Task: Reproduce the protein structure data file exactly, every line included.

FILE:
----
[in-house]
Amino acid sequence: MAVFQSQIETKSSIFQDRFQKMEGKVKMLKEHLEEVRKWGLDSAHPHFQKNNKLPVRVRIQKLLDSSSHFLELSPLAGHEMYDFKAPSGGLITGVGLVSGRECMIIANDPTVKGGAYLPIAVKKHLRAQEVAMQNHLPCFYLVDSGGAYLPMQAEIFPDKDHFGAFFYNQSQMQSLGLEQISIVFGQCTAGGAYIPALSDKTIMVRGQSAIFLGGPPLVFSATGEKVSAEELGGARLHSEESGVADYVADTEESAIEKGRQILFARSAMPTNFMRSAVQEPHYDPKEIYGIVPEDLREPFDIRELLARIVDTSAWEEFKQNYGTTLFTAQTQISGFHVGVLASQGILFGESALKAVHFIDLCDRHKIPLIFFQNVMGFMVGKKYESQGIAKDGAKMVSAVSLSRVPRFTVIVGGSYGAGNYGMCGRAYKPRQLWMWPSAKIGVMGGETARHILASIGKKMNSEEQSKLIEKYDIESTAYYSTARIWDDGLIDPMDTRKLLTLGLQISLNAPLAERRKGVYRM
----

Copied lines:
[in-house]
Amino acid sequence: MAVFQSQIETKSSIFQDRFQKMEGKVKMLKEHLEEVRKWGLDSAHPHFQKNNKLPVRVRIQKLLDSSSHFLELSPLAGHEMYDFKAPSGGLITGVGLVSGRECMIIANDPTVKGGAYLPIAVKKHLRAQEVAMQNHLPCFYLVDSGGAYLPMQAEIFPDKDHFGAFFYNQSQMQSLGLEQISIVFGQCTAGGAYIPALSDKTIMVRGQSAIFLGGPPLVFSATGEKVSAEELGGARLHSEESGVADYVADTEESAIEKGRQILFARSAMPTNFMRSAVQEPHYDPKEIYGIVPEDLREPFDIRELLARIVDTSAWEEFKQNYGTTLFTAQTQISGFHVGVLASQGILFGESALKAVHFIDLCDRHKIPLIFFQNVMGFMVGKKYESQGIAKDGAKMVSAVSLSRVPRFTVIVGGSYGAGNYGMCGRAYKPRQLWMWPSAKIGVMGGETARHILASIGKKMNSEEQSKLIEKYDIESTAYYSTARIWDDGLIDPMDTRKLLTLGLQISLNAPLAERRKGVYRM